1911 Encyclopædia Britannica/Earth

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EARTH (a word common to Teutonic languages, cf. Ger. Erde, Dutch aarde, Swed. and Dan. jord; outside Teutonic it appears only in the Gr. ἔραζε, on the ground; it has been connected by some etymologists with the Aryan root ar-, to plough, which is seen in the Lat. arare, obsolete Eng. “ear,” and Gr. ἀροῦν, but this is now considered very doubtful; see G. Curtius, Greek Etymology, Eng. trans., i. 426; Max Müller, Lectures, 8th ed. i. 294). From early times the word “earth” has been used in several connexions—from that of soil or ground to that of the planet which we inhabit, but it is difficult to trace the exact historic sequence of the diverse usages. In the cosmogony of the Pythagoreans, Platonists and other philosophers, the term or its equivalent denoted an element or fundamental quality which conferred upon matter the character of earthiness; and in the subsequent development of theories as to the ultimate composition of matter by the alchemists, iatrochemists, and early phlogistonists an element of the same name was retained (see Element). In modern chemistry, the common term “earth” is applied to certain oxides:—the “alkaline earths” (q.v.) are the oxides of calcium (lime), barium (baryta) and strontium (strontia); the “rare earths” (q.v.) are the oxides of a certain class of rare metals.


The Earth

The terrestrial globe is a member of the Solar system, the third in distance from the Sun, and the largest within the orbit of Jupiter. In the wider sense it may be regarded as composed of a gaseous atmosphere (see Meteorology), which encircles the crust or lithosphere (see Geography), and surface waters or hydrosphere (see Ocean and Oceanography). The description of the surface features is a branch of Geography, and the discussions as to their origin and permanence belongs to Physiography (in the narrower sense), physiographical geology, or physical geography. The investigation of the crust belongs to geology and of rocks in particular to petrology.

In the present article we shall treat the subject matter of the Earth as a planet under the following headings:—(1) Figure and Size, (2) Mass and Density, (3) Astronomical Relations, (4) Evolution and Age. These subjects will be treated summarily, readers being referred to the article Astronomy and to the cross-references for details.

1. Figure and Size.—To primitive man the Earth was a flat disk with its surface diversified by mountains, rivers and seas. In many cosmogonies this disk was encircled by waters, unmeasurable by man and extending to a junction with the sky; and the disk stood as an island rising up through the waters from the floor of the universe, or was borne as an immovable ship on the surface. Of such a nature was the cosmogony of the Babylonians and Hebrews; Homer states the same idea, naming the encircling waters Ὠκεανός; and Hesiod regarded it as a disk midway between the sky and the infernal regions. The theory that the Earth extended downwards to the limit of the universe was subjected to modification when it was seen that the same sun and stars reappeared in the east after their setting in the west. But man slowly realized that the earth was isolated in space, floating freely as a balloon, and much speculation was associated about that which supported the Earth. Tunnels in the foundations to permit the passage of the sun and stars were suggested; the Greeks considered twelve columns to support the heavens, and in their mythology the god Atlas appears condemned to support the columns; while the Egyptians had the Earth supported by four elephants, which themselves stood on a tortoise swimming on a sea. Earthquakes were regarded as due to a movement of these foundations; in Japan this was considered to be due to the motion of a great spider, an animal subsequently replaced by a cat-fish; in Mongolia it is a hog; in India, a mole; in some parts of South America, a whale; and among some of the North American Indians, a giant tortoise.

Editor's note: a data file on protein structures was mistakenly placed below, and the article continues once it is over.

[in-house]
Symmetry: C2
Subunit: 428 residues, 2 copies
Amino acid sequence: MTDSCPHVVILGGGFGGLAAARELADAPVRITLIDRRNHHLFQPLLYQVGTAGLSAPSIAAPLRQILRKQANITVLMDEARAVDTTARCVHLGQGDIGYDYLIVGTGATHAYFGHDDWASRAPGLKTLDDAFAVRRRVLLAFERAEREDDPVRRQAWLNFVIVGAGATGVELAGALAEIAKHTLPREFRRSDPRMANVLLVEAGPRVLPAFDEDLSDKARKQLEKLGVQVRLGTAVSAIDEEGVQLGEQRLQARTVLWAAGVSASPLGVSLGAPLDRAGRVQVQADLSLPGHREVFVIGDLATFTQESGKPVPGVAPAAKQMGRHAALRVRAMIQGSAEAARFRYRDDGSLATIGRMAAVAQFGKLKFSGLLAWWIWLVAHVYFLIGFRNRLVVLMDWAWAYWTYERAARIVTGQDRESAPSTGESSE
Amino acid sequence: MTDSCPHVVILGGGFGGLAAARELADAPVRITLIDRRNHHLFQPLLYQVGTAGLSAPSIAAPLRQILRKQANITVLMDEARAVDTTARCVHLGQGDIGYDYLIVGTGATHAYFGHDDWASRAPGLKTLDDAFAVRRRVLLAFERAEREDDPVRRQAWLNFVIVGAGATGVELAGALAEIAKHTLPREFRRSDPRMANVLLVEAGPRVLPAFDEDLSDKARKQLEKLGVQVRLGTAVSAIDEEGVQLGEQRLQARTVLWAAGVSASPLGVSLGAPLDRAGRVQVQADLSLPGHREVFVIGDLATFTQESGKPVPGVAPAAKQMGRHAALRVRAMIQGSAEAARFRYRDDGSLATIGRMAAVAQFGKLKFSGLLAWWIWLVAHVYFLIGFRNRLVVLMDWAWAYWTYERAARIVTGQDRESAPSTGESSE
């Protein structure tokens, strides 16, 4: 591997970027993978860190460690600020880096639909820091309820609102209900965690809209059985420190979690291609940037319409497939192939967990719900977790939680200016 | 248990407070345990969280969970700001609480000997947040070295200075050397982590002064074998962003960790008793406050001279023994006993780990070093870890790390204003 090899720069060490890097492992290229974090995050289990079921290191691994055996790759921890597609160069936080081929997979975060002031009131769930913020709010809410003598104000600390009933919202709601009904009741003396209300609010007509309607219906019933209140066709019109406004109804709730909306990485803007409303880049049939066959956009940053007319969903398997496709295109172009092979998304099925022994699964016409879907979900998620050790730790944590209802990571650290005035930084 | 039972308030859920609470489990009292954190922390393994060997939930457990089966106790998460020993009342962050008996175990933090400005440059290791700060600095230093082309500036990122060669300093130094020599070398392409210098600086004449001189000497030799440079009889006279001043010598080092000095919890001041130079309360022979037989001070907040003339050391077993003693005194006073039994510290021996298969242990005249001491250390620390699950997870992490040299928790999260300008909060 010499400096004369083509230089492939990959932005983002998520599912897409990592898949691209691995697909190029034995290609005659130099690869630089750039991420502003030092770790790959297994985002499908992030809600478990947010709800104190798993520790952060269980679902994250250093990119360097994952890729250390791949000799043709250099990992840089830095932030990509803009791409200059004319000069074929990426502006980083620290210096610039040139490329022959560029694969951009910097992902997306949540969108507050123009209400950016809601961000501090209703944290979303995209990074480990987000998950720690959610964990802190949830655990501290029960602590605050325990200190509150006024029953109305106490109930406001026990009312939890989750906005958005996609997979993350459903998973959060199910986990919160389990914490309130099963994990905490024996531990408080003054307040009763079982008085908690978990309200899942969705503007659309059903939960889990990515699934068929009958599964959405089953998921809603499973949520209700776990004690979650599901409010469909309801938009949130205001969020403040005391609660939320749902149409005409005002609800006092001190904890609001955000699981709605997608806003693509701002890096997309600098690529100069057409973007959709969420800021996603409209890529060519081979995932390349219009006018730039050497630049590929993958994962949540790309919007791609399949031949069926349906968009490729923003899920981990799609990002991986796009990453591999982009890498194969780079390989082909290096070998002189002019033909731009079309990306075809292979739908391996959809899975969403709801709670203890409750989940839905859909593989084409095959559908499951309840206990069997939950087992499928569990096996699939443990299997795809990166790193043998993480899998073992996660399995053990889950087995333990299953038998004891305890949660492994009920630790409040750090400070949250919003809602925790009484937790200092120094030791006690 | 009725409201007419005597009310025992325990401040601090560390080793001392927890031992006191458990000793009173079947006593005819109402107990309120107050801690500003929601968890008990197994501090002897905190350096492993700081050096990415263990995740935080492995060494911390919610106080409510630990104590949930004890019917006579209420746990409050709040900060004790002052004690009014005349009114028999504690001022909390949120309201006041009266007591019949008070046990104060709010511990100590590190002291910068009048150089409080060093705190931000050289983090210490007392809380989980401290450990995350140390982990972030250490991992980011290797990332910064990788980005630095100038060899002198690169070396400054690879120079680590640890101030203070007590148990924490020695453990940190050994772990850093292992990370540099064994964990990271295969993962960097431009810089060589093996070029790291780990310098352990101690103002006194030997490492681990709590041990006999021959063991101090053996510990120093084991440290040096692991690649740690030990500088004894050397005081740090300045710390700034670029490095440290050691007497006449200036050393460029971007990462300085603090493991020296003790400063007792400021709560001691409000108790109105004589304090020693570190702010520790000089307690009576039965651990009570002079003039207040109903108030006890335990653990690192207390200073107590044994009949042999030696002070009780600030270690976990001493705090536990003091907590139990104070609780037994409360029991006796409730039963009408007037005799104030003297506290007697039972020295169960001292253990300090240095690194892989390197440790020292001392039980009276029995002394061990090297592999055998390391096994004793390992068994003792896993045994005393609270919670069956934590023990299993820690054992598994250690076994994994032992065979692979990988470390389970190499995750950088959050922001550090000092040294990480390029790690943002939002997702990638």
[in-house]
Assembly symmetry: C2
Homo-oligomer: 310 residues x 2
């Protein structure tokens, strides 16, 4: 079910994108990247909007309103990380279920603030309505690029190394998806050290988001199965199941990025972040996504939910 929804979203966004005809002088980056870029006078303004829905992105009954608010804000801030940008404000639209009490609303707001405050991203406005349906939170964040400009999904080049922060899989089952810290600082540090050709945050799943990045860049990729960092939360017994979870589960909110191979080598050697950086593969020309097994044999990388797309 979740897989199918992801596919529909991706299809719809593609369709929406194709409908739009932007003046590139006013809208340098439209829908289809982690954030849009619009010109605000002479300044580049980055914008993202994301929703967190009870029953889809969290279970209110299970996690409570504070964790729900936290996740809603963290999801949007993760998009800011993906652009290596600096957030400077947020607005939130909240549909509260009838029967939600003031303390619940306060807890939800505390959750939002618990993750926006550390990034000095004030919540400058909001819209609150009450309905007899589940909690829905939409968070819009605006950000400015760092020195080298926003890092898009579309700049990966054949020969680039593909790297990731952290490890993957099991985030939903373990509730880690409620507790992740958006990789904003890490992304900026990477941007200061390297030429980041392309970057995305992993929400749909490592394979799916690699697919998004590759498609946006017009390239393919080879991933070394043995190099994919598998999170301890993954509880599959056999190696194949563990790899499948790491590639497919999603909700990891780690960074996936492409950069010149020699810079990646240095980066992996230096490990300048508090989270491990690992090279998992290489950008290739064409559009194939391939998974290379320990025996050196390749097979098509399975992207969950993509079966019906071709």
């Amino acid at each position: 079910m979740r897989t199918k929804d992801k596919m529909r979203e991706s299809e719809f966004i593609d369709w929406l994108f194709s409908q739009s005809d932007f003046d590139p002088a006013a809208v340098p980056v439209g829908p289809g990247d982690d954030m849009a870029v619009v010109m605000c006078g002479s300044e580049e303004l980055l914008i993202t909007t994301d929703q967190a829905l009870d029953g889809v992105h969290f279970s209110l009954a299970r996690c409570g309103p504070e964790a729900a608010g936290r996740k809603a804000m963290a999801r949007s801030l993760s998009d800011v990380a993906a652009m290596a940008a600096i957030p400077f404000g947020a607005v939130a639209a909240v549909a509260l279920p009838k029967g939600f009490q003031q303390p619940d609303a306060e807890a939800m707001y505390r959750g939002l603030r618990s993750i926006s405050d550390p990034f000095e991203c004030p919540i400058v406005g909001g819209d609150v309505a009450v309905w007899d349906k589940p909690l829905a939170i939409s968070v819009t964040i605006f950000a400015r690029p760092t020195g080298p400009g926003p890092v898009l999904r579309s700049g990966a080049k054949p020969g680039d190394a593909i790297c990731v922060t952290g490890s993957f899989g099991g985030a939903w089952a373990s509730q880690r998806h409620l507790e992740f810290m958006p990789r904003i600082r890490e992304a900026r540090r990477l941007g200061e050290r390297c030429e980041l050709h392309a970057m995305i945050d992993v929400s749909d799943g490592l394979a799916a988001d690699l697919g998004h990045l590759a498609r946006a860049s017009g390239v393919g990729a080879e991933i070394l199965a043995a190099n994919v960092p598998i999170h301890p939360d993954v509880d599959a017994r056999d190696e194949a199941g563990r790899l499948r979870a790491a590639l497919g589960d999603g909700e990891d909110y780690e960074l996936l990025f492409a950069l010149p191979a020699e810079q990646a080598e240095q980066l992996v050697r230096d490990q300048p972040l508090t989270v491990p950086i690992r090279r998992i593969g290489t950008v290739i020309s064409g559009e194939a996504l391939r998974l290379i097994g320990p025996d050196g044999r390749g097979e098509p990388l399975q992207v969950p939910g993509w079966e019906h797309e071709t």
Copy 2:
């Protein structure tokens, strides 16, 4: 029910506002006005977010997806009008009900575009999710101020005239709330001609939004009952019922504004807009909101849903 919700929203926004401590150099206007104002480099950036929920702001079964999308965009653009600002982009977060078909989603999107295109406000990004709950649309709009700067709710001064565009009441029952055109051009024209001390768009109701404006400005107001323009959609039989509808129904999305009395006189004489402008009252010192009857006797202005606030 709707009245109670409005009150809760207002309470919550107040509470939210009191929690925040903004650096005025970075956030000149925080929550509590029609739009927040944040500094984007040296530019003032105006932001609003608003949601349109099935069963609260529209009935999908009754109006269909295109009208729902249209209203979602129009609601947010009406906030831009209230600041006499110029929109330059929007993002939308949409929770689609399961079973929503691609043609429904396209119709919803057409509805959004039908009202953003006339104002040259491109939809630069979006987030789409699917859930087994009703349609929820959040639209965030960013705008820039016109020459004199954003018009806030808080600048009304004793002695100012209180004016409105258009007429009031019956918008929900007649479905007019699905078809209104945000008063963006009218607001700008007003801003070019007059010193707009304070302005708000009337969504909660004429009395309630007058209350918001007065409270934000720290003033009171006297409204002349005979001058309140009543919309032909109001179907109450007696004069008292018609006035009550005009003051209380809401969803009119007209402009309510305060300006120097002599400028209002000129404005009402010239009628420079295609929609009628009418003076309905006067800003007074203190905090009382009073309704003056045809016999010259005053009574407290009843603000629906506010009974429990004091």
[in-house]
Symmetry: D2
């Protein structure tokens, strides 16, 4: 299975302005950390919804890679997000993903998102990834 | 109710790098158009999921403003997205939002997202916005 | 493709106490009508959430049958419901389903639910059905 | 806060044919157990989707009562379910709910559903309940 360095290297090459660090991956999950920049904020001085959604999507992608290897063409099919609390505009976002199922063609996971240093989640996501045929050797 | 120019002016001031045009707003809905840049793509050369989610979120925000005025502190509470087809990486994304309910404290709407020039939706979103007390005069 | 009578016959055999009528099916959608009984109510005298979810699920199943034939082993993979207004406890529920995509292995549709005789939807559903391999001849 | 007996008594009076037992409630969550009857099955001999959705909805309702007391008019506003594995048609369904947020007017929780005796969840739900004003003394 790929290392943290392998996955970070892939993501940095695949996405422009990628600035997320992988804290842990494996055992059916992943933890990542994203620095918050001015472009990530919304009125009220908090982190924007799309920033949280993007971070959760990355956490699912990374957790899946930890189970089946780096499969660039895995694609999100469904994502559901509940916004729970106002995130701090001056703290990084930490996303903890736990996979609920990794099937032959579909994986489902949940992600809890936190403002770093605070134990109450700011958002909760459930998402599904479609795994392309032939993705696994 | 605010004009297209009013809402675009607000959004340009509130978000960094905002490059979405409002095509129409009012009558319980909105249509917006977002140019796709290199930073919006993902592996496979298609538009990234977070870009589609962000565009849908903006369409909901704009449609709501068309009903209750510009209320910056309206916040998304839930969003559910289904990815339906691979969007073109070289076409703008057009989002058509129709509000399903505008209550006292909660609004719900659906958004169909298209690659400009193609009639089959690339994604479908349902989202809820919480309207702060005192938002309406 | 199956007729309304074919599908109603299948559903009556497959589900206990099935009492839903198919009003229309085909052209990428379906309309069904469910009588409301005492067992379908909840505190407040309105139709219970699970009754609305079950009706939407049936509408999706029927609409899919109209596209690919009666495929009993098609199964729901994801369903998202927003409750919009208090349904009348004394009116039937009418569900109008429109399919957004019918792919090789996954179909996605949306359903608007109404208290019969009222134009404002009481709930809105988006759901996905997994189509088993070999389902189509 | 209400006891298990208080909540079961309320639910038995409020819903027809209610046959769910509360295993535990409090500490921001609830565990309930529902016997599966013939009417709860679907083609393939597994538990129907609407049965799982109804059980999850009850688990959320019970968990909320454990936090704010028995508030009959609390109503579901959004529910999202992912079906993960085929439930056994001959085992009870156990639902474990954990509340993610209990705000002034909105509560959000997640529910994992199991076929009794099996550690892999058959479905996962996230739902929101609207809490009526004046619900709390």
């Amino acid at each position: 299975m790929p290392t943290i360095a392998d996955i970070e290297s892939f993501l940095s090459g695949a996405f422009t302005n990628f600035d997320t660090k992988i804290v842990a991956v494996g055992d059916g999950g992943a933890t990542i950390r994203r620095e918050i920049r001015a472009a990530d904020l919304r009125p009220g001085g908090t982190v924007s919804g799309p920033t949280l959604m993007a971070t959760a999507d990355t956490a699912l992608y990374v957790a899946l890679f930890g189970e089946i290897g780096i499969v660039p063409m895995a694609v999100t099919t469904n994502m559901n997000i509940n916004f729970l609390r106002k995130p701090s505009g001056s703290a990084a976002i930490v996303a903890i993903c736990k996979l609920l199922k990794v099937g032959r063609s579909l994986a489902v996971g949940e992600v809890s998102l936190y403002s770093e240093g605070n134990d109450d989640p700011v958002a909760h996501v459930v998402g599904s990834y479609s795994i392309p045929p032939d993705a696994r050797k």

The doctrine of the spherical form has been erroneously assigned to Thales; but he accepted the Semitic conception of the disk, and regarded the production of springs after earthquakes as due to the inrushing of the waters under the Earth into fissures in the surface. His pupil, Anaximander (610-547), according to Diogenes Laërtius, believed it to be spherical (see The Observatory, 1894, P. 208); and Anaximenes probably held a similar view. The spherical form is undoubtedly a discovery of Pythagoras, and was taught by the Pythagoreans and by the Eleatic Parmenides. The expositor of greatest moment was Aristotle; his arguments are those which we employ to-day:—the ship gradually disappearing from hull to mast as it recedes from the harbour to the horizon; the circular shadow cast by the Earth on the Moon during an eclipse, and the alteration in the appearance of the heavens as one passes from point to point on the Earth’s surface.[1] He records attempts made to determine the circumference; but the first scientific investigation in this direction was made 150 years later by Eratosthenes. The spherical form, however, only became generally accepted after the Earth’s circumnavigation (see Geography).